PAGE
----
in categories: project management
Theoretically, lessons learnt exercises should be valuable on every project. There is no point in making the same mistakes that others have made before and there is equally no point in copying the actions of others that have already succeeded.
There are, however, 6 reasons that these exercises fail and projects are left to “make their own mistakes”.
- Few projects start with a review of “what might go wrong and how have others succeeded on similar projects?” This is a good way of starting the briefing for every person or team on the project.
- Failure to capture lessons learnt as they occur: The majority of people only start to prepare a lessons learnt report when a project is near to completion. This means that a lot of things can be forgotten. The better way is to collect the lessons and document them as they occur.
- Failure to identify things that went well, not just the mistakes: By concentrating on success as well as mistakes, you are more likely to encourage successful behaviour. You will also make people more confident about being honest about the things that went wrong.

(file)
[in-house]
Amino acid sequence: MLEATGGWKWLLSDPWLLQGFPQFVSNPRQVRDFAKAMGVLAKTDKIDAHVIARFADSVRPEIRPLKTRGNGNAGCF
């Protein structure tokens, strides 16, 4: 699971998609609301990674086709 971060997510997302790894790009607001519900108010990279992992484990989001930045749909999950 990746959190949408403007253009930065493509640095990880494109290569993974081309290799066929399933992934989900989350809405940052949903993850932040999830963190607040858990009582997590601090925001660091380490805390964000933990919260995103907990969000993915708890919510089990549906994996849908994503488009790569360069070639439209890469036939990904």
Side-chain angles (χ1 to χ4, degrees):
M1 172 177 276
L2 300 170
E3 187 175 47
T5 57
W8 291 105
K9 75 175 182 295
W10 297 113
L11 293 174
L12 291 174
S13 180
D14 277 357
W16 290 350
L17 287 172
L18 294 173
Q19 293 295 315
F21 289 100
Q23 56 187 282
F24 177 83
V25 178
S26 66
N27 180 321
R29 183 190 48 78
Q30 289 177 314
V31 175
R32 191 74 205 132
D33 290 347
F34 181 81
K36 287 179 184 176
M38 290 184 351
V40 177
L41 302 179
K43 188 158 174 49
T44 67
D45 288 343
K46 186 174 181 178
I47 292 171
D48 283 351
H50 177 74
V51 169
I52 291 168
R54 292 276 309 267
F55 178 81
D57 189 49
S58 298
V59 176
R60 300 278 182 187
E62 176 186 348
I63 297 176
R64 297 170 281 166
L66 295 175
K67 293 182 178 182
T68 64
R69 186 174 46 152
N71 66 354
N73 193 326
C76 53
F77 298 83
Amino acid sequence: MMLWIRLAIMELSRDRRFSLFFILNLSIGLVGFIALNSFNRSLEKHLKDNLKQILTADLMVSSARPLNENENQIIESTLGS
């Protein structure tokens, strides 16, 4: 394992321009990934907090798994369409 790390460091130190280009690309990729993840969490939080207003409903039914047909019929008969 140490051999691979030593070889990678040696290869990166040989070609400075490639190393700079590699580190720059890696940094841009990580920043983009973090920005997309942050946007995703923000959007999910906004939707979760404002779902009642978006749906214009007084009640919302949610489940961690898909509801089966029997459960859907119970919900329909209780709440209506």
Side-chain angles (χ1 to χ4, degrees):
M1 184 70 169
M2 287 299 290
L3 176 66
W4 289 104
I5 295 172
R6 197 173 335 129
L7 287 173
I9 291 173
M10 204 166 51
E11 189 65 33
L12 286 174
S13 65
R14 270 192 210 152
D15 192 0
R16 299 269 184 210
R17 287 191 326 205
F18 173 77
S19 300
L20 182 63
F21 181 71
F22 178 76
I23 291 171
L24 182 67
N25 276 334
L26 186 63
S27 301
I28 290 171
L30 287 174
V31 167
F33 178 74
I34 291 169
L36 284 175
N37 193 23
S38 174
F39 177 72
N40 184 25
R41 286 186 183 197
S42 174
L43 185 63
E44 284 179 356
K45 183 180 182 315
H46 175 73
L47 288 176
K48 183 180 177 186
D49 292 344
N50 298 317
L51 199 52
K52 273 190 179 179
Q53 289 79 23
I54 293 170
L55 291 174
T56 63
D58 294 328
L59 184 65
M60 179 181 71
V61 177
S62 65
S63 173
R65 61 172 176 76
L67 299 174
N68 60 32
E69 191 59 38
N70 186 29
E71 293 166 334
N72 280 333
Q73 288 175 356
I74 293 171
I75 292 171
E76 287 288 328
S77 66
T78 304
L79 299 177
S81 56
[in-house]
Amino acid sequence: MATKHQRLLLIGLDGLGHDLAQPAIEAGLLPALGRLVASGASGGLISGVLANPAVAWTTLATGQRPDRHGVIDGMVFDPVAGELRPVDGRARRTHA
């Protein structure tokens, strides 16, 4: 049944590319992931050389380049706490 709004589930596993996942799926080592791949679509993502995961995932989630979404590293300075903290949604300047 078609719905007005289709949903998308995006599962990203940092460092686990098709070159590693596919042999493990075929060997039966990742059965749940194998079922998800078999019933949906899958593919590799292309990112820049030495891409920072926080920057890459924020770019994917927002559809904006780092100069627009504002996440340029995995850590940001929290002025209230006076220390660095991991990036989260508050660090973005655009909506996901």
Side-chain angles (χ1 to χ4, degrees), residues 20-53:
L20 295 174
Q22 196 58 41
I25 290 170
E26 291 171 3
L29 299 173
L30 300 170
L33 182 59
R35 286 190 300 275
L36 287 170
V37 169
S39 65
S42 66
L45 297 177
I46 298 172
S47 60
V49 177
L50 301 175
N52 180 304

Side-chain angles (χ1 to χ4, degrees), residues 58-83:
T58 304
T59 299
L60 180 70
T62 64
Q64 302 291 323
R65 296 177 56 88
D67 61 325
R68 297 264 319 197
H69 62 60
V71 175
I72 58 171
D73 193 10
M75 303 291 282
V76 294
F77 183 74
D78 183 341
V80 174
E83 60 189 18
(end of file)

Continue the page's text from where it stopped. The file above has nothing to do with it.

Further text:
- Asking too few people about lessons learnt: Too often, it is departmental heads or principals in companies that participate in lessons learnt exercises. It is usually better to involve people that are at the “coal face”. The best thing to do is, therefore, to collaborate widely.
- Failure to communicate the lessons learnt: The key here is to spread the knowledge about lessons learnt to every person and every organisation involved in the project so that they can benefit from the lessons. It is then up to each organisation to disseminate this knowledge to people on new projects, which is the whole purpose of a lessons learnt report!
- Not keeping it brief: If you are going to benefit from lessons learnt, you must keep the report succinct. A long or confusing report will be ignored by participants in future projects, so you will lose all the benefits. Each lesson should have:
- A strong title or description that is understandable.
- A clear paragraph explaining the nature and content of the issue.
- A list and description of the lesson learnt on each issue.
- Recommendations on actions for the future.
by Stuart Weatherall
| 09/09/2016 11:00 |comments powered by Disqus